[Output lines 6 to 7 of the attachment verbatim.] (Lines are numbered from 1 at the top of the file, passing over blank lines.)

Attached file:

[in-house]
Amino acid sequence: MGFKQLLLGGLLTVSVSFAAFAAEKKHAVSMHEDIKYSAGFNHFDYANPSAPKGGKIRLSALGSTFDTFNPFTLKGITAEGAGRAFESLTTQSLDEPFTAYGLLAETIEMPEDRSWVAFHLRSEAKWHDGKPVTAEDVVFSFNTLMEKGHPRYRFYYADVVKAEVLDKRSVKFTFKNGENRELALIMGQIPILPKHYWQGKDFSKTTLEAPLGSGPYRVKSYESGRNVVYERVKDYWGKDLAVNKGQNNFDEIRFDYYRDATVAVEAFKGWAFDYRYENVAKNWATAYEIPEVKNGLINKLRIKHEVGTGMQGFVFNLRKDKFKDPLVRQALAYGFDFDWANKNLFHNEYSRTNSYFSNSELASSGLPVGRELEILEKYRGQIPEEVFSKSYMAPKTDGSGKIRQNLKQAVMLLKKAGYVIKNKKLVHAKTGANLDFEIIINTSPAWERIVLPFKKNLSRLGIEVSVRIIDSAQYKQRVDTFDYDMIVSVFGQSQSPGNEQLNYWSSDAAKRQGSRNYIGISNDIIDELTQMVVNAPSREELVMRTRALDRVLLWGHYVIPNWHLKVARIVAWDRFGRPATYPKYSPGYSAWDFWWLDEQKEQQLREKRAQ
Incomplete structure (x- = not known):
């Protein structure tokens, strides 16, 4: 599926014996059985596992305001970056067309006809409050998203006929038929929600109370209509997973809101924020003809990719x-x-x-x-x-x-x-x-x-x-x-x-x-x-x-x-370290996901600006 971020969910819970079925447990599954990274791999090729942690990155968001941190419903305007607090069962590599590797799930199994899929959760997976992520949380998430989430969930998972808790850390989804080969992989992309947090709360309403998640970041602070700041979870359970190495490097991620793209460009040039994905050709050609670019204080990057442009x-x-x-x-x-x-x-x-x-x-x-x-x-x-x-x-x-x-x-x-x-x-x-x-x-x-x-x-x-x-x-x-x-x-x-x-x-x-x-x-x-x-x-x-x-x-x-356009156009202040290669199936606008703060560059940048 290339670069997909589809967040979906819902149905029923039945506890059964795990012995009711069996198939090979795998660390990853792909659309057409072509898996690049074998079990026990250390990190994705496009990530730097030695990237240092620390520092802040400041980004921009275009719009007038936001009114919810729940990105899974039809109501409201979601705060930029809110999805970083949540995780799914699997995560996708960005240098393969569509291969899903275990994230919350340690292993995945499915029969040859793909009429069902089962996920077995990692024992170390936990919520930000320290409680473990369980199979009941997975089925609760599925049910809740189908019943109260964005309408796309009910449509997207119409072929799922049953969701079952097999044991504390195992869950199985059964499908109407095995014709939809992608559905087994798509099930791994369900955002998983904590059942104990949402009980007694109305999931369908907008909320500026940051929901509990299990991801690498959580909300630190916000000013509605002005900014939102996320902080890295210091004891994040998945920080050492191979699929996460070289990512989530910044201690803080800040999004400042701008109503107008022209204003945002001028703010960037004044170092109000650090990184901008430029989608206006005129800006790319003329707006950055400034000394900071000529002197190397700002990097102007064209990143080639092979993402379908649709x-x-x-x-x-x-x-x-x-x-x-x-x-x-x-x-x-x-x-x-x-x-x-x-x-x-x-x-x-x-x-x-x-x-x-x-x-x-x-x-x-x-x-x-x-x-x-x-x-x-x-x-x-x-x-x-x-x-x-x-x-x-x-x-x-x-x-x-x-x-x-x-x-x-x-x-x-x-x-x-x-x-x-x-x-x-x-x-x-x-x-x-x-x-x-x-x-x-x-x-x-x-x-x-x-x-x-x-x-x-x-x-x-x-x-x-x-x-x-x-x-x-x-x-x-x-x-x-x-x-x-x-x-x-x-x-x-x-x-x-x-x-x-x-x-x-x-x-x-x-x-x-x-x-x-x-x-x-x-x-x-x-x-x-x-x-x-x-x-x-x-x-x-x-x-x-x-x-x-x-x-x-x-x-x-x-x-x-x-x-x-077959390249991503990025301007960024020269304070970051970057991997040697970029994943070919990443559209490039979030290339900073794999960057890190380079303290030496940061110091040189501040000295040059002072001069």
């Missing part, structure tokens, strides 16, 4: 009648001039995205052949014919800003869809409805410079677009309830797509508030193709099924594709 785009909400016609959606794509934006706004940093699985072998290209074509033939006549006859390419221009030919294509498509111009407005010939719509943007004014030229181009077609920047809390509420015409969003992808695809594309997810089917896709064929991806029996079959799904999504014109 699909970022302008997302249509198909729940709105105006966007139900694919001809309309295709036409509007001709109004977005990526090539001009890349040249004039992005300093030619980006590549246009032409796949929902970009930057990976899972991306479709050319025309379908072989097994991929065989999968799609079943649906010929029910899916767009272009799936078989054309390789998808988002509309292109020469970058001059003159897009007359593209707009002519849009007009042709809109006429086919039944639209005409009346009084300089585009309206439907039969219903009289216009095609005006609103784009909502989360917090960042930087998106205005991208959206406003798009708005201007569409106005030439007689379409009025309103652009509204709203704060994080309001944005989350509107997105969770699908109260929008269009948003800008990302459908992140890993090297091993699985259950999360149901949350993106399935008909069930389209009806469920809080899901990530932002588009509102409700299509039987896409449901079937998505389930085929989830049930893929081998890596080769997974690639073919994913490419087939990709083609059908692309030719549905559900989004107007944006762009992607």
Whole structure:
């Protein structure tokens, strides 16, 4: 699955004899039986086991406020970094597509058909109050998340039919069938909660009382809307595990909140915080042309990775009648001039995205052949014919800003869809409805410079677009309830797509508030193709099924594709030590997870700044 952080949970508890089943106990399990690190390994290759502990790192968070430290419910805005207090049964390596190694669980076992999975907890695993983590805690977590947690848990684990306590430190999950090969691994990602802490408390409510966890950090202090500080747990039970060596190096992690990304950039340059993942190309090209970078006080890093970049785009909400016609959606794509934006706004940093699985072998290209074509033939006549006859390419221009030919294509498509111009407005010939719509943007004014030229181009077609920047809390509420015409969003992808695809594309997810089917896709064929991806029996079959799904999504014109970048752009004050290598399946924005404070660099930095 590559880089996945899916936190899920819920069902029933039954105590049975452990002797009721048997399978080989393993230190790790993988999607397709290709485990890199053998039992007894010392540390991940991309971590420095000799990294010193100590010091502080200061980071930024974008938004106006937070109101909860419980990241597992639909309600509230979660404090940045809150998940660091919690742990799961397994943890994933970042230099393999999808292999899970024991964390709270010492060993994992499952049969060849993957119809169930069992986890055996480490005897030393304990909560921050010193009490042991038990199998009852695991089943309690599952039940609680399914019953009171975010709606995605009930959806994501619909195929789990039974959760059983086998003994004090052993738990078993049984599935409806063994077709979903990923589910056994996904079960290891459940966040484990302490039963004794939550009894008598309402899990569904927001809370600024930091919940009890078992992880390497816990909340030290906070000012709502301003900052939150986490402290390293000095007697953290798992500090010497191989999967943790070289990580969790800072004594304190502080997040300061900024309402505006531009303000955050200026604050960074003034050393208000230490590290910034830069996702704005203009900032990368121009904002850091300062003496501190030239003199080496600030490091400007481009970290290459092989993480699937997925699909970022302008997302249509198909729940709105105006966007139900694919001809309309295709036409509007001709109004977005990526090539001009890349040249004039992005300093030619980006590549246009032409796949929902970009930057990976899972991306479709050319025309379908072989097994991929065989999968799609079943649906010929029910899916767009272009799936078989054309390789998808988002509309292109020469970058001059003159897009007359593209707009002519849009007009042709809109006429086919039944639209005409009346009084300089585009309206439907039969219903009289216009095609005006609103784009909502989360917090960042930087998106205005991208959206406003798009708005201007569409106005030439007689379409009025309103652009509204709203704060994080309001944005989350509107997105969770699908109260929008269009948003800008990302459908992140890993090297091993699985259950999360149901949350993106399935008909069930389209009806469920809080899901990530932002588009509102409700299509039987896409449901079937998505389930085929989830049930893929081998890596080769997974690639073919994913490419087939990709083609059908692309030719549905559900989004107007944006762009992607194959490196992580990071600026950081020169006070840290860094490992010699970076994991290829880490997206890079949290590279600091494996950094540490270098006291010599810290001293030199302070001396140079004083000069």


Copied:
Whole structure:
């Protein structure tokens, strides 16, 4: 699955004899039986086991406020970094597509058909109050998340039919069938909660009382809307595990909140915080042309990775009648001039995205052949014919800003869809409805410079677009309830797509508030193709099924594709030590997870700044 952080949970508890089943106990399990690190390994290759502990790192968070430290419910805005207090049964390596190694669980076992999975907890695993983590805690977590947690848990684990306590430190999950090969691994990602802490408390409510966890950090202090500080747990039970060596190096992690990304950039340059993942190309090209970078006080890093970049785009909400016609959606794509934006706004940093699985072998290209074509033939006549006859390419221009030919294509498509111009407005010939719509943007004014030229181009077609920047809390509420015409969003992808695809594309997810089917896709064929991806029996079959799904999504014109970048752009004050290598399946924005404070660099930095 590559880089996945899916936190899920819920069902029933039954105590049975452990002797009721048997399978080989393993230190790790993988999607397709290709485990890199053998039992007894010392540390991940991309971590420095000799990294010193100590010091502080200061980071930024974008938004106006937070109101909860419980990241597992639909309600509230979660404090940045809150998940660091919690742990799961397994943890994933970042230099393999999808292999899970024991964390709270010492060993994992499952049969060849993957119809169930069992986890055996480490005897030393304990909560921050010193009490042991038990199998009852695991089943309690599952039940609680399914019953009171975010709606995605009930959806994501619909195929789990039974959760059983086998003994004090052993738990078993049984599935409806063994077709979903990923589910056994996904079960290891459940966040484990302490039963004794939550009894008598309402899990569904927001809370600024930091919940009890078992992880390497816990909340030290906070000012709502301003900052939150986490402290390293000095007697953290798992500090010497191989999967943790070289990580969790800072004594304190502080997040300061900024309402505006531009303000955050200026604050960074003034050393208000230490590290910034830069996702704005203009900032990368121009904002850091300062003496501190030239003199080496600030490091400007481009970290290459092989993480699937997925699909970022302008997302249509198909729940709105105006966007139900694919001809309309295709036409509007001709109004977005990526090539001009890349040249004039992005300093030619980006590549246009032409796949929902970009930057990976899972991306479709050319025309379908072989097994991929065989999968799609079943649906010929029910899916767009272009799936078989054309390789998808988002509309292109020469970058001059003159897009007359593209707009002519849009007009042709809109006429086919039944639209005409009346009084300089585009309206439907039969219903009289216009095609005006609103784009909502989360917090960042930087998106205005991208959206406003798009708005201007569409106005030439007689379409009025309103652009509204709203704060994080309001944005989350509107997105969770699908109260929008269009948003800008990302459908992140890993090297091993699985259950999360149901949350993106399935008909069930389209009806469920809080899901990530932002588009509102409700299509039987896409449901079937998505389930085929989830049930893929081998890596080769997974690639073919994913490419087939990709083609059908692309030719549905559900989004107007944006762009992607194959490196992580990071600026950081020169006070840290860094490992010699970076994991290829880490997206890079949290590279600091494996950094540490270098006291010599810290001293030199302070001396140079004083000069």